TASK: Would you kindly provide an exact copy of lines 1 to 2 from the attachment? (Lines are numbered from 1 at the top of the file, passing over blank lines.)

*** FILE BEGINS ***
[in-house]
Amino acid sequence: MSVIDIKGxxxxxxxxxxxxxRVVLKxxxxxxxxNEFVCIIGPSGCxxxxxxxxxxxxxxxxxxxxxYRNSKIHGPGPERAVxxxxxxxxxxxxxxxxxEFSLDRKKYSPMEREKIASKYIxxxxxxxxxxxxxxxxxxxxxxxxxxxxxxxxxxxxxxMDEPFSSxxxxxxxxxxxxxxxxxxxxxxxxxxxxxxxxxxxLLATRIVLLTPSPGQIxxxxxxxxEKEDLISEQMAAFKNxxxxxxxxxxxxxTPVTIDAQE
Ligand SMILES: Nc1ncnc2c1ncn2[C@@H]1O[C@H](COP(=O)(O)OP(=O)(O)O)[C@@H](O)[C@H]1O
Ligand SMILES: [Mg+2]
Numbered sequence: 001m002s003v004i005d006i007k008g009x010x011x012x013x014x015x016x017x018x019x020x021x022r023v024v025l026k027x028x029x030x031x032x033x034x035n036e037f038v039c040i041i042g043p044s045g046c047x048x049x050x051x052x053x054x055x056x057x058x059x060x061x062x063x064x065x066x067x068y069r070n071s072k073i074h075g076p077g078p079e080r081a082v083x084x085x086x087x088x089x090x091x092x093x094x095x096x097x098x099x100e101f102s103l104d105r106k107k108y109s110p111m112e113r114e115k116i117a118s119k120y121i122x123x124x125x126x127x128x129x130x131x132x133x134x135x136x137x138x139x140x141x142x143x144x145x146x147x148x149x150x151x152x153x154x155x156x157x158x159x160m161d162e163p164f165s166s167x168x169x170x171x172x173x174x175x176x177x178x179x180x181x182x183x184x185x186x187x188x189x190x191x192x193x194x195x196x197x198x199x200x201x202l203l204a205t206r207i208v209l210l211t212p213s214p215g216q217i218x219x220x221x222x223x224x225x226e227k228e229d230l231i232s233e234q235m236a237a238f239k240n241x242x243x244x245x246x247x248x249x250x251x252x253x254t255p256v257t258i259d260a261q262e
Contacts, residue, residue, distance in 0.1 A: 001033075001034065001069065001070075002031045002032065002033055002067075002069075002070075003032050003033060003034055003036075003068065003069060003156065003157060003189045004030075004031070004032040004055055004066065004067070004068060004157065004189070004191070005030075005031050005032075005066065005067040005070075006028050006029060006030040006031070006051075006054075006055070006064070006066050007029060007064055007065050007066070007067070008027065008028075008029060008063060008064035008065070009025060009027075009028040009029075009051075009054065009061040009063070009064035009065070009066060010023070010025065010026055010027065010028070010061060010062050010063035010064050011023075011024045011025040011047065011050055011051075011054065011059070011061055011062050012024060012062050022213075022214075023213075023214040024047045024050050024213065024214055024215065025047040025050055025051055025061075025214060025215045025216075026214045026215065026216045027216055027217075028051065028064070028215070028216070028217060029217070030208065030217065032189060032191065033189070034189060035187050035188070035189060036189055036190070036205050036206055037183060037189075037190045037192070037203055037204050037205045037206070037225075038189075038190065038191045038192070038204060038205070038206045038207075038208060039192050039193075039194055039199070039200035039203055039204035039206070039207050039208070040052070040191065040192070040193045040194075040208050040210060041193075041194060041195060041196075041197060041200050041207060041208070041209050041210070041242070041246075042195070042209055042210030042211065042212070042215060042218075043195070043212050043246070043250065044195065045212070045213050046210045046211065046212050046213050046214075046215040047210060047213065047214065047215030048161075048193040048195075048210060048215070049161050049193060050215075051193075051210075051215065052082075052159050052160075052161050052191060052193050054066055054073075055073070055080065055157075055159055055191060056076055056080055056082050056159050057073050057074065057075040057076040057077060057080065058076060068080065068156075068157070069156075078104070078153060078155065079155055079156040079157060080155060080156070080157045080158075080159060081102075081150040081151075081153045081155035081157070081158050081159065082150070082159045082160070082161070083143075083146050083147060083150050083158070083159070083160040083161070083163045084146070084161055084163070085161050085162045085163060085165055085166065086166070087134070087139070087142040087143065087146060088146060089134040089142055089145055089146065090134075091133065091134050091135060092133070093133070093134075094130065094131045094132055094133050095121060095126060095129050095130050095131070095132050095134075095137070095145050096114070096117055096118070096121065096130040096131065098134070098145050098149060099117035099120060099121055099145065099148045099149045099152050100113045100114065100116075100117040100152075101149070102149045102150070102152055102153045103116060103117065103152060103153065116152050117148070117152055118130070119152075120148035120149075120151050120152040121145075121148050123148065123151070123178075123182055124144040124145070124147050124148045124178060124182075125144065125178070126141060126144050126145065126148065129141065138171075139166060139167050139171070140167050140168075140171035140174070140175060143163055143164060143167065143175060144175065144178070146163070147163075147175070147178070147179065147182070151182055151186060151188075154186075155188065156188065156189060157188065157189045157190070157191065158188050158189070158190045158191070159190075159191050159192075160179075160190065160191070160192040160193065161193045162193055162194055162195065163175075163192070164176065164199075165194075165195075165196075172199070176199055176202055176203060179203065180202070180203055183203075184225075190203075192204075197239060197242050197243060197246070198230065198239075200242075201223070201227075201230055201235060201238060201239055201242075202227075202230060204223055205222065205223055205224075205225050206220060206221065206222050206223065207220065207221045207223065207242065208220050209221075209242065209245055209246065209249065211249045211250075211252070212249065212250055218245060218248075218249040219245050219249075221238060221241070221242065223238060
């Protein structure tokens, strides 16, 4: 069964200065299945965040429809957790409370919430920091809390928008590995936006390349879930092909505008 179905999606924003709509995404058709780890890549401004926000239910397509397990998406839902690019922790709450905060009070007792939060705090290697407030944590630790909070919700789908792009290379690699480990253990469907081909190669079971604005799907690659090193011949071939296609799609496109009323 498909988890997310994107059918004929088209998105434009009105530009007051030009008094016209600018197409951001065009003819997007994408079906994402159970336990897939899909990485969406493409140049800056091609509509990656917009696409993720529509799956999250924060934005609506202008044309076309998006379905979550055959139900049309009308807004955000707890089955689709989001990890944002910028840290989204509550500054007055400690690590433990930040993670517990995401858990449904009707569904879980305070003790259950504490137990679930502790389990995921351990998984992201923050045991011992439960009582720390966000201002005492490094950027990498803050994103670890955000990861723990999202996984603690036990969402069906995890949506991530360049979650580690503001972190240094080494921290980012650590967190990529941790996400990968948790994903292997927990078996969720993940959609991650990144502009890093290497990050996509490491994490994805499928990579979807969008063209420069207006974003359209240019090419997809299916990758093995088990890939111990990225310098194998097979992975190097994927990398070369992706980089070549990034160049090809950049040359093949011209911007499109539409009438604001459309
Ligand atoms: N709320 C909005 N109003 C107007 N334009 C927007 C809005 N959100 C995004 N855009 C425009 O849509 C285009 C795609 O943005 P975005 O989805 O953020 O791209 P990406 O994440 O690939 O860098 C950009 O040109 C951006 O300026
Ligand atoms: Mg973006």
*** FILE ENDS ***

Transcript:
[in-house]
Amino acid sequence: MSVIDIKGxxxxxxxxxxxxxRVVLKxxxxxxxxNEFVCIIGPSGCxxxxxxxxxxxxxxxxxxxxxYRNSKIHGPGPERAVxxxxxxxxxxxxxxxxxEFSLDRKKYSPMEREKIASKYIxxxxxxxxxxxxxxxxxxxxxxxxxxxxxxxxxxxxxxMDEPFSSxxxxxxxxxxxxxxxxxxxxxxxxxxxxxxxxxxxLLATRIVLLTPSPGQIxxxxxxxxEKEDLISEQMAAFKNxxxxxxxxxxxxxTPVTIDAQE